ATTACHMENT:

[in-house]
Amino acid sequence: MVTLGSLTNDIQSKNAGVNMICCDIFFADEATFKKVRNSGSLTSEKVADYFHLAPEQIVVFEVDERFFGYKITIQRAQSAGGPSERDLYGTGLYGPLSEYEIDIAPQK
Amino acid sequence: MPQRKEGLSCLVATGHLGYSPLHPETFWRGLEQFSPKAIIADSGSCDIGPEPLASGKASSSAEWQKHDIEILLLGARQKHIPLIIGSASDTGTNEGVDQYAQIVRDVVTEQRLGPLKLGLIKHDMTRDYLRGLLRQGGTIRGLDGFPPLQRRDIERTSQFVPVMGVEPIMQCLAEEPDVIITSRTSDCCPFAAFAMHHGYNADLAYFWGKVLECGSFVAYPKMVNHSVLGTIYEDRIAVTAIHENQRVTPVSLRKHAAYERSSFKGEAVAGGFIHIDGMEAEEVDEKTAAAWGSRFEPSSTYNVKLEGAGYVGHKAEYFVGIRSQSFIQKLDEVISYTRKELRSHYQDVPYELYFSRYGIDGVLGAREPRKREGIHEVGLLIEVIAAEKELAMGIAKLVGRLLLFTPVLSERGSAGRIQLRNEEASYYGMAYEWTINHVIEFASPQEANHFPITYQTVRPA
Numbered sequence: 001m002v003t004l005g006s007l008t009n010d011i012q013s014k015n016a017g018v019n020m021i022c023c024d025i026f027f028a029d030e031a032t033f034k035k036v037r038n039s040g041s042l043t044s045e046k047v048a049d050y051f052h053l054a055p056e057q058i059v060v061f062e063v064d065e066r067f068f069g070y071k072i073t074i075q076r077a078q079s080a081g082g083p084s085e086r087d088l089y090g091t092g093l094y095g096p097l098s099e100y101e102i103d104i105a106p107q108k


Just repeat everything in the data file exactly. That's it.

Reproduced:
[in-house]
Amino acid sequence: MVTLGSLTNDIQSKNAGVNMICCDIFFADEATFKKVRNSGSLTSEKVADYFHLAPEQIVVFEVDERFFGYKITIQRAQSAGGPSERDLYGTGLYGPLSEYEIDIAPQK
Amino acid sequence: MPQRKEGLSCLVATGHLGYSPLHPETFWRGLEQFSPKAIIADSGSCDIGPEPLASGKASSSAEWQKHDIEILLLGARQKHIPLIIGSASDTGTNEGVDQYAQIVRDVVTEQRLGPLKLGLIKHDMTRDYLRGLLRQGGTIRGLDGFPPLQRRDIERTSQFVPVMGVEPIMQCLAEEPDVIITSRTSDCCPFAAFAMHHGYNADLAYFWGKVLECGSFVAYPKMVNHSVLGTIYEDRIAVTAIHENQRVTPVSLRKHAAYERSSFKGEAVAGGFIHIDGMEAEEVDEKTAAAWGSRFEPSSTYNVKLEGAGYVGHKAEYFVGIRSQSFIQKLDEVISYTRKELRSHYQDVPYELYFSRYGIDGVLGAREPRKREGIHEVGLLIEVIAAEKELAMGIAKLVGRLLLFTPVLSERGSAGRIQLRNEEASYYGMAYEWTINHVIEFASPQEANHFPITYQTVRPA
Numbered sequence: 001m002v003t004l005g006s007l008t009n010d011i012q013s014k015n016a017g018v019n020m021i022c023c024d025i026f027f028a029d030e031a032t033f034k035k036v037r038n039s040g041s042l043t044s045e046k047v048a049d050y051f052h053l054a055p056e057q058i059v060v061f062e063v064d065e066r067f068f069g070y071k072i073t074i075q076r077a078q079s080a081g082g083p084s085e086r087d088l089y090g091t092g093l094y095g096p097l098s099e100y101e102i103d104i105a106p107q108k